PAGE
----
Which brings us to the 2007 Sutcliffe Vineyards Signature Chardonnay.
In the glass, the wine looks like Chardonnay in a glass. It has a pleasing, pale gold color, and there is something special about the way that color manages to catch and hold the light, but the color does not prepare you for what you are about to drink. The bouquet, on the other hand, fires a shot across your bow. It informs you that any preconceived notions you may have about American Chardonnays are about to be blown to smithereens. On the palate, the 2007 Sutcliffe Signature Chardonnay tells you a story you cannot forget. The story travels from your mouth to your heart, and then it breaks your heart. The finish lasts until your heart is in pieces.
In 1986, 1989, 1991, and 1992, Andre Ramonet (of Domaine Ramonet in Chassagne-Montrachet, Burgundy) made a series of Batard-Montrachets that displayed (and still display) the rare combination of generosity and restraint that characterizes the 2007 Sutcliffe Vineyards Signature Chardonnay. Andre Ramonet’s Batards are legendary. Collectors pay hundreds of dollars a bottle for them at auction. John Sutcliffe’s Chardonnay is unknown. You can buy it from John for $32 a bottle or $375 a case. John’s telephone number is (970) 565-0825. If you want to read more about John and his wines, go to sutcliffewines.com.
After I tasted his 2007 Signature Chardonnay, I called John and asked him why he put the word “Signature” on the label.
“The Oh-seven Signature,” he said, and then he paused. “That wine came from a single acre of grapes. We got two-and-a-half tons from that acre. We picked over the grapes before we crushed them and put them in oak. We ended up with fifty cases. It’s not an apologetic wine. It’s a grand wine. We thought it so well represented our ambitions—that’s why we called it a signature wine.”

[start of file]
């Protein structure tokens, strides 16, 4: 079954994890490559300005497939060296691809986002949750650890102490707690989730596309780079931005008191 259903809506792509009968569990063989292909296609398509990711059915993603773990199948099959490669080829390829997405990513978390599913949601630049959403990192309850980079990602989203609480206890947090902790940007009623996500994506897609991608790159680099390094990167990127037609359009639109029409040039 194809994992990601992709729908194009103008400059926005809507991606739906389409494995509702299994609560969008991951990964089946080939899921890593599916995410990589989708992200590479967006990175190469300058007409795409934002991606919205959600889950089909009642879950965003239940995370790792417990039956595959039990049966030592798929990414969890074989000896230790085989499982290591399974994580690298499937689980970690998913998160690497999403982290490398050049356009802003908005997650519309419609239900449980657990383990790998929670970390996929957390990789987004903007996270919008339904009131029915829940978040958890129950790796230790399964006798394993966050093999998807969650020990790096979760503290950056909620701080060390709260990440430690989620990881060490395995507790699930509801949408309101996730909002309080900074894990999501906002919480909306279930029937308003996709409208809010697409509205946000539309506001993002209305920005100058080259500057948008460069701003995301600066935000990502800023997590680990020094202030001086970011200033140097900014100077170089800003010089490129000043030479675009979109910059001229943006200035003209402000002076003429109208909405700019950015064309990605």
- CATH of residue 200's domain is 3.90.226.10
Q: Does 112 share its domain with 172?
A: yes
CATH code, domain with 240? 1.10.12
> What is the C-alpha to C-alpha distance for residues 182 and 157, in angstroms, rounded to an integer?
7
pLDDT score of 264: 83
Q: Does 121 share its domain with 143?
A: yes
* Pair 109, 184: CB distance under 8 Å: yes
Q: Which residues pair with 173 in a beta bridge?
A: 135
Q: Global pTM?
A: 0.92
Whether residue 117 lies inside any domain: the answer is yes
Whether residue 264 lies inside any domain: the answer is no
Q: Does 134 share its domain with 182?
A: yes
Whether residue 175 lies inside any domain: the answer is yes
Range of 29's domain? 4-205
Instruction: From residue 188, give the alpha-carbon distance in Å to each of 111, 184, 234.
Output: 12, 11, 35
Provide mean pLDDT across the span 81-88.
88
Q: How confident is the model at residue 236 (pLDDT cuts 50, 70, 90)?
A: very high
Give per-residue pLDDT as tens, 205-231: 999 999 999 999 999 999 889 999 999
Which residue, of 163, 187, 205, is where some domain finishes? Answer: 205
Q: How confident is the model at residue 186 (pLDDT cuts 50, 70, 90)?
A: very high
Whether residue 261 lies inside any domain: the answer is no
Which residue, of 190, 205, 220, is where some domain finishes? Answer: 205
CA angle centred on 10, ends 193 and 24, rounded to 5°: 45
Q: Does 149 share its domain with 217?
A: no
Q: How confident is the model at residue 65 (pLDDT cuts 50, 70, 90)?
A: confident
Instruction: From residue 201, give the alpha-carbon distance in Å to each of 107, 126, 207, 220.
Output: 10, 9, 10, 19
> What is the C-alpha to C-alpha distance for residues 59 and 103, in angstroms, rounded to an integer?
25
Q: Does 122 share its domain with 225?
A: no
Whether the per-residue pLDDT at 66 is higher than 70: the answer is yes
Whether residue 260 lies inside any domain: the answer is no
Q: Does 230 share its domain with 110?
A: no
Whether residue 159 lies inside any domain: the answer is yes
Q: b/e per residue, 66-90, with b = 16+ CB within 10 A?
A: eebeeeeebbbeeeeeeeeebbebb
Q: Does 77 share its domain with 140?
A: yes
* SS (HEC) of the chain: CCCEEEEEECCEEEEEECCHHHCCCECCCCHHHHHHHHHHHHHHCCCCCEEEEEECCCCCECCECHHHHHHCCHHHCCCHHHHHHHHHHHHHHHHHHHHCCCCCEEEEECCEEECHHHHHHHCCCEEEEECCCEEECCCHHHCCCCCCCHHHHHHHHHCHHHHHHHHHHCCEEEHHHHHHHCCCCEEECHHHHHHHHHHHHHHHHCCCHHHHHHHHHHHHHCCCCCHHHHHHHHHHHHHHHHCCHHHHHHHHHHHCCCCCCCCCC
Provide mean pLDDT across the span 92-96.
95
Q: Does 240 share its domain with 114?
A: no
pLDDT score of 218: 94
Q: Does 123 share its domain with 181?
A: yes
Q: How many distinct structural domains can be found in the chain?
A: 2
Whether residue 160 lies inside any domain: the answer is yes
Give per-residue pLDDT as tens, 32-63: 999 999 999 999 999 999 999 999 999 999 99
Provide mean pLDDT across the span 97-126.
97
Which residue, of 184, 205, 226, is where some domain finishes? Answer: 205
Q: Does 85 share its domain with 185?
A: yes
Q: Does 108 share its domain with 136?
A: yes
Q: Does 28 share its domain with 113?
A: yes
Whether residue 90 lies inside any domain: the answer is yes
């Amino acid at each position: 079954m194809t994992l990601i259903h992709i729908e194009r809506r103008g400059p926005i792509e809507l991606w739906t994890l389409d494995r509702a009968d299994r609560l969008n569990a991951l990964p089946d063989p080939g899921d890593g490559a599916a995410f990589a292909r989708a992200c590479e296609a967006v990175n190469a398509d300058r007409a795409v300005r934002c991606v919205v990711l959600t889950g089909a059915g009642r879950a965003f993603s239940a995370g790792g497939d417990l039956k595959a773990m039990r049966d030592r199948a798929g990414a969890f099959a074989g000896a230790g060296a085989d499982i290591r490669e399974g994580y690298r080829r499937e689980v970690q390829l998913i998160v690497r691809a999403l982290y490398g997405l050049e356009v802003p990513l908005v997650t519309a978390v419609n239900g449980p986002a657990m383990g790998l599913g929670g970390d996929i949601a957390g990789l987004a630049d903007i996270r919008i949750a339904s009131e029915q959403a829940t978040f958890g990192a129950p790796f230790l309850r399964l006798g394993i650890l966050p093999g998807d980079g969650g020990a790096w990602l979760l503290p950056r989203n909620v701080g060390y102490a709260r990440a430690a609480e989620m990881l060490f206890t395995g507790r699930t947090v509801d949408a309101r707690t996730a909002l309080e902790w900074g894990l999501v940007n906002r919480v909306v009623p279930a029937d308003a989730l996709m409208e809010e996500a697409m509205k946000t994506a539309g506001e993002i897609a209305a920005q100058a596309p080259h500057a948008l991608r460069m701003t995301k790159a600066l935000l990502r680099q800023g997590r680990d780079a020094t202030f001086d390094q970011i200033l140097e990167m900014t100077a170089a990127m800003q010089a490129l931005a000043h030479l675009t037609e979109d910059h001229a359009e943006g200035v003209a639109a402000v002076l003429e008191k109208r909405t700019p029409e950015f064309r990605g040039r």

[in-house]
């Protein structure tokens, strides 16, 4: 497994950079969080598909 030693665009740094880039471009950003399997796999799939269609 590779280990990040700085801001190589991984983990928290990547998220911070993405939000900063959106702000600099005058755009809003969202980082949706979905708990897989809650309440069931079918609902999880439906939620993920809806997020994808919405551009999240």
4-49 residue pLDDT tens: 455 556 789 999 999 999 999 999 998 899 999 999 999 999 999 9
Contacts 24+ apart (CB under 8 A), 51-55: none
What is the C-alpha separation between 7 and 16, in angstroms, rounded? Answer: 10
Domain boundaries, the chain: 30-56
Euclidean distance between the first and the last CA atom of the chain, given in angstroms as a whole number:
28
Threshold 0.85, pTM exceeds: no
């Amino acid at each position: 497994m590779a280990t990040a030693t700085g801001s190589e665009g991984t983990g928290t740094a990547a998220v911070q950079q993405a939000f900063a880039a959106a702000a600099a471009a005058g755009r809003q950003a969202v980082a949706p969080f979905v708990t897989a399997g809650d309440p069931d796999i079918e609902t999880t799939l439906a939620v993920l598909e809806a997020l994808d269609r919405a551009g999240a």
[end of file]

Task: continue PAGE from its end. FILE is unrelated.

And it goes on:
By “we,” John meant himself and Joe Buckle, the winemaker at Sutcliffe Vineyards. Here are John’s thoughts about Joe Buckle. “At first, I was making the wines. Ben Parsons came on as the winemaker in 2003. Joe Buckle came on in 2008. Ben started the 2007 Chardonnay. Joe finished it. Joe came from Flowers Winery, in Sonoma. He is the Charles Dickens of winemaking. He is completely and utterly authentic. His methods are absolutely traditional. He will not do anything that is without proper respect for the wine. He has immense respect for the grapes and immense regard for the farming. He is a first class bloke.”
The time will come when it will not be easy to buy the 2007 Sutcliffe Vineyards Signature Chardonnay. When that time comes, a few us of will have cases stashed in our cellars. The world will be a different place, but the wines in our cellars will be time capsules, memories of an era when we could still imagine that being avant-garde had its merits and that our chances of survival were good.
One Bottle is dedicated to the appreciation of good wines and good times, one bottle at a time. The name “One Bottle” and the contents of this column are ©2009 by onebottle.com. Joshua Baer can be reached at firstname.lastname@example.org. For back issues of One Bottle, visit onebottle.com.